2026 – age 26: When you’re younger, it’s not a bad idea to have your KiwiSaver invested in higher-risk, higher-return funds – after all, there’s more to gain, and there’ll be plenty of time to recover if it all goes wrong. However with that, you might be vulnerable to fluctuations in the market that are outside of your control. For example, there could be a crippling drought in Canterbury which dents the country’s export figures, ultimately dragging the whole sharemarket down with it. But don’t worry, because given a long enough term the overall trend is always up, so stay the course.
2030 – age 30: Unfortunately for you, political agreement has finally been reached on raising the age of super eligibility. It will be phased in over a 30-year term, but the bottom line is that by the time you get there, the age of eligibility will be 67.
2032 – age 32: The increase in super eligibility age has been paused, after a change in government. In a final act of electoral benevolence, the baby boomers vote for it to stay down, so future generations might have what they did.
2035 – age 35: By now, you should have enough capital accrued for more a more aggressive investment strategy. Look for early stage companies in rapidly growing industries, such as water desalination and private security contracting.
2040 – age 40: The world is getting more competitive, and if you want to keep your career and savings goals on track, you’ll need to keep up. Keep your mind and body sharp by learning skills like bow-hunting and Krav Maga.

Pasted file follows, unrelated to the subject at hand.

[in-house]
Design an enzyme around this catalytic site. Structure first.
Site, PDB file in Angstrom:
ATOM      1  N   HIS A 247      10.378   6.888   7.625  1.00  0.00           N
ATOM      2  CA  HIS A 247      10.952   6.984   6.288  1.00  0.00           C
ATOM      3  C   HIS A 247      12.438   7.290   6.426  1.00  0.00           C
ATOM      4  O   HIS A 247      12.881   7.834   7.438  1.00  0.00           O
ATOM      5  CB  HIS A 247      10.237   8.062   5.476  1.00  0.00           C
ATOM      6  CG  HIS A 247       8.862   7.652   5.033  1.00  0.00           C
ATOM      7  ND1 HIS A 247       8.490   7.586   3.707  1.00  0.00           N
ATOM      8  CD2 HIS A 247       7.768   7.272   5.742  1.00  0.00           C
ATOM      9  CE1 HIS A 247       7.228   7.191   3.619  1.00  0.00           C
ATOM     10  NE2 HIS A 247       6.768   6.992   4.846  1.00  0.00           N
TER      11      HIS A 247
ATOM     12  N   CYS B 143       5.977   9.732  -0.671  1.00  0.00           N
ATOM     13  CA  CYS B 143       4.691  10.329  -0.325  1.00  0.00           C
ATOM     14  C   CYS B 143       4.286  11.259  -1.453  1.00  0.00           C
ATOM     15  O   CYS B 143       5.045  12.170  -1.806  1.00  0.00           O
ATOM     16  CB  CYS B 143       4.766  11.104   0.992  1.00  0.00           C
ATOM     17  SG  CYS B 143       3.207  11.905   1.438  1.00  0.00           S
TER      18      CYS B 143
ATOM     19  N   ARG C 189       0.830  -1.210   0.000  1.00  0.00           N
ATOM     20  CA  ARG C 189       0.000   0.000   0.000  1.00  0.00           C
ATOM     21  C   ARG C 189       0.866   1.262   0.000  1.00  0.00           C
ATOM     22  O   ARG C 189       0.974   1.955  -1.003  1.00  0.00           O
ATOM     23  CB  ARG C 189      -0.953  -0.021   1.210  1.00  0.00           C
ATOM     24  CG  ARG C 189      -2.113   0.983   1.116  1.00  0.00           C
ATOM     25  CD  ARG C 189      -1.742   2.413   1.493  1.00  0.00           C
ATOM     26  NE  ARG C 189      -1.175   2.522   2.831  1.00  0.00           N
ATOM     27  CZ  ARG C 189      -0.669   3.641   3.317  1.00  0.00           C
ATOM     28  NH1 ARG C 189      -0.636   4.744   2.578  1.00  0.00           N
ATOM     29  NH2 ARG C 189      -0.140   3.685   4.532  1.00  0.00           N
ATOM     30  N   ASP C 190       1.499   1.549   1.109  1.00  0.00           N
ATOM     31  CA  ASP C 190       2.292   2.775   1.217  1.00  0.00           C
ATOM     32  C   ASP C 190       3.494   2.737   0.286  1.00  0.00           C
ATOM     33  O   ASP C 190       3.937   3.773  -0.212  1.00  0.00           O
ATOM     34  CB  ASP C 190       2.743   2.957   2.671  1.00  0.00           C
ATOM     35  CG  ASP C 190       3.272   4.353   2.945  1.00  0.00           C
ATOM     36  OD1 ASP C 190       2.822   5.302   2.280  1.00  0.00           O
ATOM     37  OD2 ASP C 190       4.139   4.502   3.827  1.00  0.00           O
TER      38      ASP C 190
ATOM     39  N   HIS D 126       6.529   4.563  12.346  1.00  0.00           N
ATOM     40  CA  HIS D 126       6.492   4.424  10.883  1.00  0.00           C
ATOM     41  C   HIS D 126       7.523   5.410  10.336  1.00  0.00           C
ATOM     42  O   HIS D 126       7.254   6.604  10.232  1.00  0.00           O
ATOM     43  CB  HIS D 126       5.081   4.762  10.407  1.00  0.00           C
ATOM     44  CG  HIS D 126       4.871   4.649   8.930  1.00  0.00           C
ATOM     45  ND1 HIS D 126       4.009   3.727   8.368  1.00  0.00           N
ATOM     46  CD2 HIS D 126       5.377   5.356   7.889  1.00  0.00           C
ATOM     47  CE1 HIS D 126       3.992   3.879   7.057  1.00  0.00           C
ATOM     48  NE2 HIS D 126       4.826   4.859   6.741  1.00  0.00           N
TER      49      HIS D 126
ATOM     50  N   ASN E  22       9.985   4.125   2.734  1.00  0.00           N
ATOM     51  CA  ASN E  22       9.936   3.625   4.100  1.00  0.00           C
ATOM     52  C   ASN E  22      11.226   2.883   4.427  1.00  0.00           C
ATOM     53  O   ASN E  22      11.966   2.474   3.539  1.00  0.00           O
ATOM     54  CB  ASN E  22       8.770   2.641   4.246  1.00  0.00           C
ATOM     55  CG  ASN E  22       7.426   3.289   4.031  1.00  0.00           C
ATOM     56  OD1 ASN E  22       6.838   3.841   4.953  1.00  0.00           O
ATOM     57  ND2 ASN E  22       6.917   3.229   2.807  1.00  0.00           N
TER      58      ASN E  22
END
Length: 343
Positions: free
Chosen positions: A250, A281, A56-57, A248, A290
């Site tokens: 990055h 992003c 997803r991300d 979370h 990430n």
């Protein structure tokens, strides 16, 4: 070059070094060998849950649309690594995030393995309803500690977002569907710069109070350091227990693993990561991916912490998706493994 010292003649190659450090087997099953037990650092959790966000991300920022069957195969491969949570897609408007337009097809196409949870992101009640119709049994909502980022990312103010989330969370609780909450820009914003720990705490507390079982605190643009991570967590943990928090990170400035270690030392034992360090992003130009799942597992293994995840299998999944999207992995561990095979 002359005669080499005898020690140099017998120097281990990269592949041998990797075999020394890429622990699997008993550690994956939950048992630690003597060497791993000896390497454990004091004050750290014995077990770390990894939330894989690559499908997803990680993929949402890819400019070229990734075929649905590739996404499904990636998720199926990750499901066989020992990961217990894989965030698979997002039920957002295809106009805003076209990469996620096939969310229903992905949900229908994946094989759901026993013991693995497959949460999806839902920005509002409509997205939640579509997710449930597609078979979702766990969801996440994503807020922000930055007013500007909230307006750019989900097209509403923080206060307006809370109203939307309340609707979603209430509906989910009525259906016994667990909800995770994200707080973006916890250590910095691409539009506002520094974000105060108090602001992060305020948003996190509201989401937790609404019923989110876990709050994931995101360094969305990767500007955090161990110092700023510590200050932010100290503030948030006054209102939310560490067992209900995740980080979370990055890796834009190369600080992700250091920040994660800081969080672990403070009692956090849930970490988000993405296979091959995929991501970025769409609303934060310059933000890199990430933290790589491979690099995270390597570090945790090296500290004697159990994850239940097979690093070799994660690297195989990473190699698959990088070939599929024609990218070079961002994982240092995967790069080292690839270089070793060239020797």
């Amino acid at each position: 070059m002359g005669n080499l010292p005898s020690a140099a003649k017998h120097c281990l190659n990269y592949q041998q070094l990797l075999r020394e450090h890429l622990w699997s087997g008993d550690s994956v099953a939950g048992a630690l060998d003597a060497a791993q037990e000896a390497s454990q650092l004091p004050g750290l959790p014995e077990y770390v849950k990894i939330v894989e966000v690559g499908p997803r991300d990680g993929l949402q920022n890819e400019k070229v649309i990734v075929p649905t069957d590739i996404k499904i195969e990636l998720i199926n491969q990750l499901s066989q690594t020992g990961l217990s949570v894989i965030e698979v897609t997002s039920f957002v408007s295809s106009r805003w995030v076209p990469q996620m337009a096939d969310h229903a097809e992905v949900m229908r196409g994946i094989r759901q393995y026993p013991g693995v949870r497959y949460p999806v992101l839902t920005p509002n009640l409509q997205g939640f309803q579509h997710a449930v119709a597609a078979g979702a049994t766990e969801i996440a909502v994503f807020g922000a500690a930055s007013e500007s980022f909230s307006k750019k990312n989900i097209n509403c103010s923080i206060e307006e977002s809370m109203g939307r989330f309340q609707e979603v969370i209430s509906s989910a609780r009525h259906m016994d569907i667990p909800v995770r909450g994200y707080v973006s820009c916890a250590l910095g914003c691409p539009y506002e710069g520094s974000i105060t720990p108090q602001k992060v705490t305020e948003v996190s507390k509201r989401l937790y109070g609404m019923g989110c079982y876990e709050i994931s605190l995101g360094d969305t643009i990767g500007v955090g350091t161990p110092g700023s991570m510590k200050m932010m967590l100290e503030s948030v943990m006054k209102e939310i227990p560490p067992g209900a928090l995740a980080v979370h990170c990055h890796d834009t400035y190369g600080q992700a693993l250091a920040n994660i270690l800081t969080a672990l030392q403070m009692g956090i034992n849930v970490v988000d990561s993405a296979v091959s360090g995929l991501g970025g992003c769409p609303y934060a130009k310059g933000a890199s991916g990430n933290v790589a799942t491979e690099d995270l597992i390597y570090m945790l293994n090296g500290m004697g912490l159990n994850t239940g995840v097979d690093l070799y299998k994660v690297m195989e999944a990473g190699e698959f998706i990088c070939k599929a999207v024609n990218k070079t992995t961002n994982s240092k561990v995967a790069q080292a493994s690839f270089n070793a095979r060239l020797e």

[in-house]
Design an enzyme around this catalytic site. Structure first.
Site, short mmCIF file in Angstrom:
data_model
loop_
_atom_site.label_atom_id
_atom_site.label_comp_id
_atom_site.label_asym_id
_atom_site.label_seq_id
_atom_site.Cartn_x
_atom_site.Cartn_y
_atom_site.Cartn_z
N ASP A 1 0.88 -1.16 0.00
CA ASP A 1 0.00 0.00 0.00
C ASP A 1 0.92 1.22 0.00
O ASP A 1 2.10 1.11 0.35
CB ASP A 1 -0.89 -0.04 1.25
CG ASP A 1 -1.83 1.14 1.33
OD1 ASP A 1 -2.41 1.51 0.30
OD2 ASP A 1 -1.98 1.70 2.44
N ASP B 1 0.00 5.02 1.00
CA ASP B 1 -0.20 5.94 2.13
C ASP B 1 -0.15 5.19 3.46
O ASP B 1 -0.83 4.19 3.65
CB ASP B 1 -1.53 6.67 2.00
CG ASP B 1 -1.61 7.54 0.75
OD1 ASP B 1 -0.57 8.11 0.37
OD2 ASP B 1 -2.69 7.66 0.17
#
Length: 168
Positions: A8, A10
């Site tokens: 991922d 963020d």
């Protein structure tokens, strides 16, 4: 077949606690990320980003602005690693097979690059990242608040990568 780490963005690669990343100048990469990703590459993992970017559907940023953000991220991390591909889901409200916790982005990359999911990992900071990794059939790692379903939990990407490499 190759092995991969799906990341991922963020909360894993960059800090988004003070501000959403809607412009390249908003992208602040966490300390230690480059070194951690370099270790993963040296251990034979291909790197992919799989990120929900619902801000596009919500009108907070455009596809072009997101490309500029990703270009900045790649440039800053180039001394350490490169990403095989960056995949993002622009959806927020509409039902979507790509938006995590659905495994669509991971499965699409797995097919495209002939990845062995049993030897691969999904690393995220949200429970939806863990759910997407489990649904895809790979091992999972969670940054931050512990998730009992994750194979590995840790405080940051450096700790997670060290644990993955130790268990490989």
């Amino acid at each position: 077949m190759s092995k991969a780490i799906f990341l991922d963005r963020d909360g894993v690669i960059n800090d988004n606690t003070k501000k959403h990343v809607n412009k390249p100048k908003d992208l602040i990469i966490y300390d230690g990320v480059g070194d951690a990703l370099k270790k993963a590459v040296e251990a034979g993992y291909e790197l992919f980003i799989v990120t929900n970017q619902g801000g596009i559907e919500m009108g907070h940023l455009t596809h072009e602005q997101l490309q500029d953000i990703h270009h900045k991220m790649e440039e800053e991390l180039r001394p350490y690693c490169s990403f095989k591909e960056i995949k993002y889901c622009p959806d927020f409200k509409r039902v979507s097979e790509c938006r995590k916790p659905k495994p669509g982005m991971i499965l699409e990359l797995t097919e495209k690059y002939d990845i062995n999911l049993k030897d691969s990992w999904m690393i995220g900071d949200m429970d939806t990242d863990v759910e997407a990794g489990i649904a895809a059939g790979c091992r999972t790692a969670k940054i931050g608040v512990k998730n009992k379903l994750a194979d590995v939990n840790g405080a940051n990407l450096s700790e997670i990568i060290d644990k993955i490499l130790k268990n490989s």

2045 – age 45: Try not to have too much of your asset base invested in the Auckland property market, because it’ll be a real lottery. Yes, prices for many will be up, with the increasing inundation of coastal properties limiting supply. But the flooding will be inconsistent, and with the collapse of the insurance market you might find yourself having to cover increasingly large repair bills.
2050 – age 50: A good age to start moving your KiwiSaver into a lower risk bracket. Retirement is now only a few decades away, and you don’t want a sudden jolt to your savings.
2055 – age 55: Success! Earlier diligent efforts to build connections with the more fertile food growing areas have paid off, and you’re now able to ride out the Great Famine that is gripping the cities. Look to reclaim some abandoned land, and get a small herd of goats going – hardy creatures that can survive in all sorts of harsh conditions.